A uterus shows two different kinds of cancer - one isolated to ovaries and fallopian tubes, and one metastasizing to other parts of the body

Differences Between Early and Advanced Ovarian Cancer

The main difference between early and advanced ovarian cancer is the size of the tumor and the spread of the cancer. A few other factors also play a role.

Generally, cancer that has spread outside of the ovaries is called advanced ovarian cancer. There are 4 main stages of ovarian cancer: stages I, II, III, and IV. Stages II through IV are considered “advanced.”

Location

In early-stage ovarian cancer, the cancer is in the ovaries or fallopian tubes. In some cases, cancer may also be found on the outside of the ovaries or in fluid or washings from the abdomen and pelvis. This is considered stage IC. There is no cancer in lymph nodes or distant sites in the body.1

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Starting in stage II, cancer may be found in other pelvic organs. There may also be primary peritoneal cancer. This is cancer that starts in the thin layer of tissue lining the inside of the abdomen.1

Ovarian cancer that is stage II through stage IV is advanced ovarian cancer. This is ovarian cancer that has spread (metastasized). Stage IV is ovarian cancer that has spread to fluid around the lungs, distant lymph nodes, or organs outside the peritoneal cavity.1

How cases are counted and tracked

The National Cancer Institute has a database called SEER. This stands for the Surveillance, Epidemiology, and End Results Program. It collects cancer statistics and tracks people in the United States who are diagnosed with cancer. The database also collects information on:2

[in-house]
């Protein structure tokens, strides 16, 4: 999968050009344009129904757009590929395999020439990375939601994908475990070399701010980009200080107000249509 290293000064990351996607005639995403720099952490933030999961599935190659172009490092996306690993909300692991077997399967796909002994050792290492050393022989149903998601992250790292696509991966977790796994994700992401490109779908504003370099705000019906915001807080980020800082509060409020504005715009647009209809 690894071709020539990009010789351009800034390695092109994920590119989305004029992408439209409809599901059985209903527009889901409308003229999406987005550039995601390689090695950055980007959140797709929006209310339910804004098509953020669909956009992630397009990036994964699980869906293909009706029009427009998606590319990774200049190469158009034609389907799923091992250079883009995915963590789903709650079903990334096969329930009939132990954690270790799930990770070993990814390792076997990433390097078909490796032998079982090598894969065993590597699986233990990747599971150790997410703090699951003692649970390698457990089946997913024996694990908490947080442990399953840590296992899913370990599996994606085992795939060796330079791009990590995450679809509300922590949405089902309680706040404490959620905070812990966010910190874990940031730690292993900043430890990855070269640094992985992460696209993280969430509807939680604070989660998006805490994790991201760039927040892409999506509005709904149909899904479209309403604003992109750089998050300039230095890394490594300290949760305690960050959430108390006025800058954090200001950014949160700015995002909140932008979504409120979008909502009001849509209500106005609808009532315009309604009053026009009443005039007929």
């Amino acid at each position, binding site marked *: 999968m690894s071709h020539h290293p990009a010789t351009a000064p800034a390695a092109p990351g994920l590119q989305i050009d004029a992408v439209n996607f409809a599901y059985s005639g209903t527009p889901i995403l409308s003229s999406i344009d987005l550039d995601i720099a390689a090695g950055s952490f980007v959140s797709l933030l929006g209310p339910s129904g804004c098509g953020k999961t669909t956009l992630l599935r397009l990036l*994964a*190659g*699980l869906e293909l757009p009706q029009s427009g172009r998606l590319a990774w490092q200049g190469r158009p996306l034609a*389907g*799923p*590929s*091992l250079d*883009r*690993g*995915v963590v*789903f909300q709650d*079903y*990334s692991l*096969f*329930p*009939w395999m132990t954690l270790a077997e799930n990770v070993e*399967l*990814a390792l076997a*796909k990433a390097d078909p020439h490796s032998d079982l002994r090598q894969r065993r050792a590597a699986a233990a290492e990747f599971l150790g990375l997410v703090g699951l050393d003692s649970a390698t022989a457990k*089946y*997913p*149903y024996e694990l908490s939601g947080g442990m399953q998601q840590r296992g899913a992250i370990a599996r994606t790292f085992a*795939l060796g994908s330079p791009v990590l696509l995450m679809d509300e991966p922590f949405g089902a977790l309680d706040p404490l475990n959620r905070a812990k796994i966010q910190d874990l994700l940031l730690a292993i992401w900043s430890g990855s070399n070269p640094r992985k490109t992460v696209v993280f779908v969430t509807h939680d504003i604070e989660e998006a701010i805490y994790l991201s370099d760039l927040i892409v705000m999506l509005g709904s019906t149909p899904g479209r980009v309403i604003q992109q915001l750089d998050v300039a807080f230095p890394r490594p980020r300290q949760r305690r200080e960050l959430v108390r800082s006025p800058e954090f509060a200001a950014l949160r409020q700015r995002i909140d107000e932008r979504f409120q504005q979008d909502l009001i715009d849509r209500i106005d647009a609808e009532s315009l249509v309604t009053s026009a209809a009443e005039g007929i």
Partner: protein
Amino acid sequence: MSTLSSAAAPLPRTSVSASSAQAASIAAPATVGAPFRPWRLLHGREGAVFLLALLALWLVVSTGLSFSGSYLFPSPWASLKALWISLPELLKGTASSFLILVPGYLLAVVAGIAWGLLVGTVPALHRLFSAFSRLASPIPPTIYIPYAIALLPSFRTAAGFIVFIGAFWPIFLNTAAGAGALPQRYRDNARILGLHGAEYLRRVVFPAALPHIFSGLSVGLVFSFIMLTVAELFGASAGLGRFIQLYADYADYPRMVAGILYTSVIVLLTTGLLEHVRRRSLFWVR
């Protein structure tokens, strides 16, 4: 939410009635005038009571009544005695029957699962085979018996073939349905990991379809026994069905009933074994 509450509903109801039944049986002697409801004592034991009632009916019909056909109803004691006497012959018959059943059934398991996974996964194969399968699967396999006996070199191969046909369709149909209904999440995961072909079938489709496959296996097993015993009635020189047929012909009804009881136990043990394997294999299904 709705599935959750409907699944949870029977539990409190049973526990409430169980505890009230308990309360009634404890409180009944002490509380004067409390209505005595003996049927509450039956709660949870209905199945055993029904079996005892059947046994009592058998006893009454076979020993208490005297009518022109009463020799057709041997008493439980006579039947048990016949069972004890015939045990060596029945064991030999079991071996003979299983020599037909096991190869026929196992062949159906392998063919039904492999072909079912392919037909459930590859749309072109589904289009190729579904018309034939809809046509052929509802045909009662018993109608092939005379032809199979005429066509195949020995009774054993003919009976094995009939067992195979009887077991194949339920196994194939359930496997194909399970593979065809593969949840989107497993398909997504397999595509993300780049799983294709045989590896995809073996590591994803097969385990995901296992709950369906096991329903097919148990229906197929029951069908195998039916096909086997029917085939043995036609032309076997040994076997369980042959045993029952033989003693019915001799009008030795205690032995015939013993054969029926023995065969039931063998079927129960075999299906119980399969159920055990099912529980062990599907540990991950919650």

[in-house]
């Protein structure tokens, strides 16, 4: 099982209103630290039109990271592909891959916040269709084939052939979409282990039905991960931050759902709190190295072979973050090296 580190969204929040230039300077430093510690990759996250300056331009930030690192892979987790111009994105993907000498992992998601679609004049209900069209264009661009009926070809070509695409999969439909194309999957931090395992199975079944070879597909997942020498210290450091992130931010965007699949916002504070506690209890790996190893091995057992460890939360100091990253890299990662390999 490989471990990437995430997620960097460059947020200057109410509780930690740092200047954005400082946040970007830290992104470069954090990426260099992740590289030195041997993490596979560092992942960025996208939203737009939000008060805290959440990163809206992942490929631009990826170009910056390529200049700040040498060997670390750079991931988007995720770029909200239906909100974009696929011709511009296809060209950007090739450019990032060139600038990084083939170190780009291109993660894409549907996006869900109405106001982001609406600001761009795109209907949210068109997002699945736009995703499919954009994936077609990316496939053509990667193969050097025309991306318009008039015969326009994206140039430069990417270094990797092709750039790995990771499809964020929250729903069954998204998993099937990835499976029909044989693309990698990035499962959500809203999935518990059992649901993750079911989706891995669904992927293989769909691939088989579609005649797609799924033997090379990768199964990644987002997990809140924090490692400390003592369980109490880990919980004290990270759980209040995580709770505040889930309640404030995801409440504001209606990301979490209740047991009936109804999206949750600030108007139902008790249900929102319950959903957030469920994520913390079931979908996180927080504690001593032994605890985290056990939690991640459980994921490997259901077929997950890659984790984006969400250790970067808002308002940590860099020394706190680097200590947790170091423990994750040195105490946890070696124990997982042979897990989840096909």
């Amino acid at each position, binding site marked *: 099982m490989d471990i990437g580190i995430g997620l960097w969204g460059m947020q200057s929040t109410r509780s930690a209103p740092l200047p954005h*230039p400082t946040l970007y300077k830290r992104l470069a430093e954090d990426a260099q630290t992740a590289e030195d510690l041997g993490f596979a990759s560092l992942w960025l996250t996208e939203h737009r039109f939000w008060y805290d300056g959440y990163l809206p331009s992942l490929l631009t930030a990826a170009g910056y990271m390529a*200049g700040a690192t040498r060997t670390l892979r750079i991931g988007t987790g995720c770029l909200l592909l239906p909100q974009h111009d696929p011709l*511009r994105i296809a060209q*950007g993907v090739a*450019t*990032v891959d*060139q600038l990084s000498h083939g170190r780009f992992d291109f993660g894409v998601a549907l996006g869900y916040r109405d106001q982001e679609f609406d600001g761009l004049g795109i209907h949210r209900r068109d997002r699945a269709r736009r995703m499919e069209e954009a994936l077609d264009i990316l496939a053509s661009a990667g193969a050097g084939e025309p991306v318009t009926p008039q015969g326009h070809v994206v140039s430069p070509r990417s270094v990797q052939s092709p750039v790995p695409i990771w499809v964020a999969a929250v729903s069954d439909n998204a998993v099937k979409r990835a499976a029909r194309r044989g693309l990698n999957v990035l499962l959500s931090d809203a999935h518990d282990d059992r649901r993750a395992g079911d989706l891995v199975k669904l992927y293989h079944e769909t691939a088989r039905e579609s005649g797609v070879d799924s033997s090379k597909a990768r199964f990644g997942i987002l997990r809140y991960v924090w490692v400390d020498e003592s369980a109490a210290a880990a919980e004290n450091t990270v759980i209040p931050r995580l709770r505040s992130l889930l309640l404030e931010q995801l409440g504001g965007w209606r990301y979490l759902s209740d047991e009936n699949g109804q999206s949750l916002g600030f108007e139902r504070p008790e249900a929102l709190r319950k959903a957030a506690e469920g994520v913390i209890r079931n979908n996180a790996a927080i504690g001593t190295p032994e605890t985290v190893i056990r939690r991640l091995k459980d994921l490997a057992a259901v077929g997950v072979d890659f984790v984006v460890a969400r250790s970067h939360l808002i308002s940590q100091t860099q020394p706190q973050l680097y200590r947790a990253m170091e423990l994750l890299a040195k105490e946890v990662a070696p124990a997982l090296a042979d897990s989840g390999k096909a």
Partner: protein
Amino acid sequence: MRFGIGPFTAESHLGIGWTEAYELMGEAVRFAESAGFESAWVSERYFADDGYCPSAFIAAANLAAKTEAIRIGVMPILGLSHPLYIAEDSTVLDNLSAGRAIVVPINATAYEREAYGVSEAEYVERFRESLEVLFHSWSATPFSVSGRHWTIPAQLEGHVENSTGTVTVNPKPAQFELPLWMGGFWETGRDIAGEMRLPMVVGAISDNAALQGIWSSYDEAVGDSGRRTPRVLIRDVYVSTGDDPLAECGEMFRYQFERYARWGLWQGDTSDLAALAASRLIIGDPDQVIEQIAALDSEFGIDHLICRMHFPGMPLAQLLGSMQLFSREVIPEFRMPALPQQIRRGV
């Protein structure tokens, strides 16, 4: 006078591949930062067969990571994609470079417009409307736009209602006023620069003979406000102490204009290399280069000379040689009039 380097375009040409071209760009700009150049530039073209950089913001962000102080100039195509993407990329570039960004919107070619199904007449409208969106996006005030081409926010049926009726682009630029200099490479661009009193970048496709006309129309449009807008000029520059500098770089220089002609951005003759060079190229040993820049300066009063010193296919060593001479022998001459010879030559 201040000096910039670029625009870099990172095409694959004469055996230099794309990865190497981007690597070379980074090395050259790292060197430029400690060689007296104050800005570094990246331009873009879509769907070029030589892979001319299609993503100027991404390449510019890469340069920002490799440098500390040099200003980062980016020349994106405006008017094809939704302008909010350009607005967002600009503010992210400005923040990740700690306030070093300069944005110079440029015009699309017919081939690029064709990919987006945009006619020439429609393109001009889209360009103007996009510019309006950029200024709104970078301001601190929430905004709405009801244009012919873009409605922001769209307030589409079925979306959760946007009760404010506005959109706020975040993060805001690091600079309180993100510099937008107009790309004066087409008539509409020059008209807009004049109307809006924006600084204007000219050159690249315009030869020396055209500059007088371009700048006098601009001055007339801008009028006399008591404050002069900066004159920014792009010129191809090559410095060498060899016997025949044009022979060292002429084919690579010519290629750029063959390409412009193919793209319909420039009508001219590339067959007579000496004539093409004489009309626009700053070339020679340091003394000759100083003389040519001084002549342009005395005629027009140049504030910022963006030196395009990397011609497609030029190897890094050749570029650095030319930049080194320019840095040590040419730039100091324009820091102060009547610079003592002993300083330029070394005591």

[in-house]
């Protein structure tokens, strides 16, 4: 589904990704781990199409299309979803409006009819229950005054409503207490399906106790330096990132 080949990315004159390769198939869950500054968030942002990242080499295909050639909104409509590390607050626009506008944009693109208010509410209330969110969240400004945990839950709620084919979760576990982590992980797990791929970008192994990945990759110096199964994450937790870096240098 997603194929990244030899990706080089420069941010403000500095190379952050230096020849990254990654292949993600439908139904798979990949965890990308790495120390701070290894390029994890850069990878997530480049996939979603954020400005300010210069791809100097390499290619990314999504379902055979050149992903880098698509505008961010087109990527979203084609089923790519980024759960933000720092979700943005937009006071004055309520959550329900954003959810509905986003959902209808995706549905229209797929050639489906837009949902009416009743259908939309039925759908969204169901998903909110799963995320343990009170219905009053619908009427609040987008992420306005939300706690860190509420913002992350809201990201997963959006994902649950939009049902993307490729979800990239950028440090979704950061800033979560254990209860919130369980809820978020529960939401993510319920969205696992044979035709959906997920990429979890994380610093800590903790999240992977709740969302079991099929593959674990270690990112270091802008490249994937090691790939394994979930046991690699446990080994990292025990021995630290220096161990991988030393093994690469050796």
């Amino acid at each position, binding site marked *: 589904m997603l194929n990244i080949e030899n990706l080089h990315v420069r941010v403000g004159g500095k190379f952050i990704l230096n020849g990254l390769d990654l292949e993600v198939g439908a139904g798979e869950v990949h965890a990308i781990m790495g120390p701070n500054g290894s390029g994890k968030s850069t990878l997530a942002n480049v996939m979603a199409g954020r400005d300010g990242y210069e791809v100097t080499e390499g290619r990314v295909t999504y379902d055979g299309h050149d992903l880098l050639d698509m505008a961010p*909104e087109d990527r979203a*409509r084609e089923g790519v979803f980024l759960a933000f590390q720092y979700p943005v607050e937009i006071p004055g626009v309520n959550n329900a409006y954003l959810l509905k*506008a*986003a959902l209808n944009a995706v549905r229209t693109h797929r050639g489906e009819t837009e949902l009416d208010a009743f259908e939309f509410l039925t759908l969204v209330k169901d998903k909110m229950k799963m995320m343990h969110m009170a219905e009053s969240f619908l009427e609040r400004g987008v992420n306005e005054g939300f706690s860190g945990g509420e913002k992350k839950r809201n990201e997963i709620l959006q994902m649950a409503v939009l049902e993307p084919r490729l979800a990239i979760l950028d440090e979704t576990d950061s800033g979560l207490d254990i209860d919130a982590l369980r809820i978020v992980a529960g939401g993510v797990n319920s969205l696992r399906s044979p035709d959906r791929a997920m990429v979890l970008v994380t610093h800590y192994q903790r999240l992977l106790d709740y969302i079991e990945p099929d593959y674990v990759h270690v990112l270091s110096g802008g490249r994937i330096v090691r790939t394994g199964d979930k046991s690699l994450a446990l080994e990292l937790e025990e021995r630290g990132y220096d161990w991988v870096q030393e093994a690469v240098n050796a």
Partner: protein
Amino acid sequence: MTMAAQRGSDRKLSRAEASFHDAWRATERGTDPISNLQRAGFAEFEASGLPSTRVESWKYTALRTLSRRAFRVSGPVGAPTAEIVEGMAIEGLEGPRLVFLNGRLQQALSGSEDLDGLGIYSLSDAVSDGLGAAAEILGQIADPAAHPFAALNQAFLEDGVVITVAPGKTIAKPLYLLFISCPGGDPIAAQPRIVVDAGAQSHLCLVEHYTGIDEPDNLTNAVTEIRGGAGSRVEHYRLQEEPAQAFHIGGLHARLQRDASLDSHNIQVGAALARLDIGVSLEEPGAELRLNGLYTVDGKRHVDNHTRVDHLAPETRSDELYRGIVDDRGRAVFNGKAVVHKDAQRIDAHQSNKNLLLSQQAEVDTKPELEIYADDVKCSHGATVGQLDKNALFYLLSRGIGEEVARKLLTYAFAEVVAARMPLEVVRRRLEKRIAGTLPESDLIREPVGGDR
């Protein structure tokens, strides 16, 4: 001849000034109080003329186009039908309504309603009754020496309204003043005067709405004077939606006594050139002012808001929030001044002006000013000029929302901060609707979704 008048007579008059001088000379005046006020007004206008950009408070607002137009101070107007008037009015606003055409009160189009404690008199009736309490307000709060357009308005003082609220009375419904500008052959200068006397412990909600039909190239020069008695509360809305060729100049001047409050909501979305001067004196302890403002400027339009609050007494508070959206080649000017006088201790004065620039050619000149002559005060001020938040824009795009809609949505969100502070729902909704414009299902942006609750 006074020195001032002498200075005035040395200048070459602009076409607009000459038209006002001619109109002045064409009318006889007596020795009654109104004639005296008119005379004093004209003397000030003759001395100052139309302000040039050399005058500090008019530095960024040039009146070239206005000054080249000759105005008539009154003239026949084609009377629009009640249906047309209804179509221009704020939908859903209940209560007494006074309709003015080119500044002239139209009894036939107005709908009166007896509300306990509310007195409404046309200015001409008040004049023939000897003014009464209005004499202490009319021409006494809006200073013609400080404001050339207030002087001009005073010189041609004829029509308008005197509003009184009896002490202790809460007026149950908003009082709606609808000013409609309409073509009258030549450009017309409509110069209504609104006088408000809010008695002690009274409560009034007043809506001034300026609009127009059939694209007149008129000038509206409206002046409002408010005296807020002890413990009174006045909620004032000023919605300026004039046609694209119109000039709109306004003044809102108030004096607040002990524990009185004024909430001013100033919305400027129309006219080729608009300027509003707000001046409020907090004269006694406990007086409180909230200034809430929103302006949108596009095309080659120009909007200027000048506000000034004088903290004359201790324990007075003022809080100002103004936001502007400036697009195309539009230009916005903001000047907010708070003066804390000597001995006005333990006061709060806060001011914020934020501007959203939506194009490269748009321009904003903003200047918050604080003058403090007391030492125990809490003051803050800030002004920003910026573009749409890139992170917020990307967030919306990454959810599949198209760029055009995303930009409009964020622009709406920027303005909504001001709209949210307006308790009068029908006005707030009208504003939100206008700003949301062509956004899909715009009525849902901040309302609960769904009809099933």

People living with the disease

The SEER database estimates that about 21,750 people in the United States were diagnosed with ovarian cancer in 2020.3

The American Cancer Society estimates that in 2021, about 21,410 women will get a new diagnosis of ovarian cancer. About 13,770 will die from the condition.4

Ovarian cancer is the fifth leading cause of cancer deaths in women. It causes more deaths than any other cancer of the female reproductive system.4

Survival rates

Many people with stage I ovarian cancer have a very good prognosis. As with most cancers, the earlier ovarian cancer is found, the easier it is to treat.

Nearly half (46.2 percent) of people with ovarian cancer – diagnosed at any stage – are alive at least 5 years after diagnosis. Survival rates by overall stage are as follows:5

  • Stage I: 90 percent
  • Stage II: 70 percent
  • Stage III: 39 percent
  • Stage IV: 17 percent

Treatment goals

For early-stage ovarian cancers, the goal is to remove the tumor. Any further treatment depends on the sub-stage of the cancer. This provides more information about how big the tumor was and where cancer cells were found. Treatment following surgery usually includes chemotherapy.6

For advanced ovarian cancers in stages II and III, surgery for staging and debulking is done first. This is to remove as much of the cancer as possible. After surgery, treatment usually includes at least 6 cycles of chemotherapy.6

In stage IV ovarian cancer, the cancer is very hard to cure since it has spread to distant parts of the body. However, these cancers can still be treated. Treatment focuses on controlling spread, relieving symptoms, and extending life. These cancers can be treated with surgery and chemotherapy, or palliative care only.6

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